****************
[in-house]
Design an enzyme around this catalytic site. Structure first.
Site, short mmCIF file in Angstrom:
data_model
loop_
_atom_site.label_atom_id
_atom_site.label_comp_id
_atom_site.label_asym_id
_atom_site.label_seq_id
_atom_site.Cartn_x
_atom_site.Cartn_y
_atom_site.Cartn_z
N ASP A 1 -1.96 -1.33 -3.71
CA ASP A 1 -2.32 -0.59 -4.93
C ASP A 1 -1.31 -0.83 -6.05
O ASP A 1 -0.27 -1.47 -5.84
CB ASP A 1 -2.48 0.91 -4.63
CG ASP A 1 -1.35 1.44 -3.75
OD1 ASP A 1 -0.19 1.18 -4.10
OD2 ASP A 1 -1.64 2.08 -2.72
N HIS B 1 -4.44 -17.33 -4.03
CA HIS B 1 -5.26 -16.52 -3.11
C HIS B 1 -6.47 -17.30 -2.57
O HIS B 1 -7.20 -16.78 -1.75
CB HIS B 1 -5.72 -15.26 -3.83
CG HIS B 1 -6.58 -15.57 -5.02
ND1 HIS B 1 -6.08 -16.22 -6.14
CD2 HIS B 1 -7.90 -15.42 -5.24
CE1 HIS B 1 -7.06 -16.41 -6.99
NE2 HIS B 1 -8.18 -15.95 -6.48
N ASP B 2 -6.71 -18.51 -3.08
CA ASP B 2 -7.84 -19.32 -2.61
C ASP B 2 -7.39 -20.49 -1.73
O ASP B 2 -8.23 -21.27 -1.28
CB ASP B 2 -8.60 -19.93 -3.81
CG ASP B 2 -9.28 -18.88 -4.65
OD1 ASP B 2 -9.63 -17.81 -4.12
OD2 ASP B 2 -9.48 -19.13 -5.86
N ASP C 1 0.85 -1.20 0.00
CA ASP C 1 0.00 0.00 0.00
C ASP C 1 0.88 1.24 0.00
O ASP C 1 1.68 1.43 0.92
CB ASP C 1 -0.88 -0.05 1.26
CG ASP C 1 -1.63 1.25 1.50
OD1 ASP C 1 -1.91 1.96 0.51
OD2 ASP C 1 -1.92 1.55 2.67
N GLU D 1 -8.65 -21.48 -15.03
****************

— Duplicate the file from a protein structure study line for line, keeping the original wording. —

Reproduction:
[in-house]
Design an enzyme around this catalytic site. Structure first.
Site, short mmCIF file in Angstrom:
data_model
loop_
_atom_site.label_atom_id
_atom_site.label_comp_id
_atom_site.label_asym_id
_atom_site.label_seq_id
_atom_site.Cartn_x
_atom_site.Cartn_y
_atom_site.Cartn_z
N ASP A 1 -1.96 -1.33 -3.71
CA ASP A 1 -2.32 -0.59 -4.93
C ASP A 1 -1.31 -0.83 -6.05
O ASP A 1 -0.27 -1.47 -5.84
CB ASP A 1 -2.48 0.91 -4.63
CG ASP A 1 -1.35 1.44 -3.75
OD1 ASP A 1 -0.19 1.18 -4.10
OD2 ASP A 1 -1.64 2.08 -2.72
N HIS B 1 -4.44 -17.33 -4.03
CA HIS B 1 -5.26 -16.52 -3.11
C HIS B 1 -6.47 -17.30 -2.57
O HIS B 1 -7.20 -16.78 -1.75
CB HIS B 1 -5.72 -15.26 -3.83
CG HIS B 1 -6.58 -15.57 -5.02
ND1 HIS B 1 -6.08 -16.22 -6.14
CD2 HIS B 1 -7.90 -15.42 -5.24
CE1 HIS B 1 -7.06 -16.41 -6.99
NE2 HIS B 1 -8.18 -15.95 -6.48
N ASP B 2 -6.71 -18.51 -3.08
CA ASP B 2 -7.84 -19.32 -2.61
C ASP B 2 -7.39 -20.49 -1.73
O ASP B 2 -8.23 -21.27 -1.28
CB ASP B 2 -8.60 -19.93 -3.81
CG ASP B 2 -9.28 -18.88 -4.65
OD1 ASP B 2 -9.63 -17.81 -4.12
OD2 ASP B 2 -9.48 -19.13 -5.86
N ASP C 1 0.85 -1.20 0.00
CA ASP C 1 0.00 0.00 0.00
C ASP C 1 0.88 1.24 0.00
O ASP C 1 1.68 1.43 0.92
CB ASP C 1 -0.88 -0.05 1.26
CG ASP C 1 -1.63 1.25 1.50
OD1 ASP C 1 -1.91 1.96 0.51
OD2 ASP C 1 -1.92 1.55 2.67
N GLU D 1 -8.65 -21.48 -15.03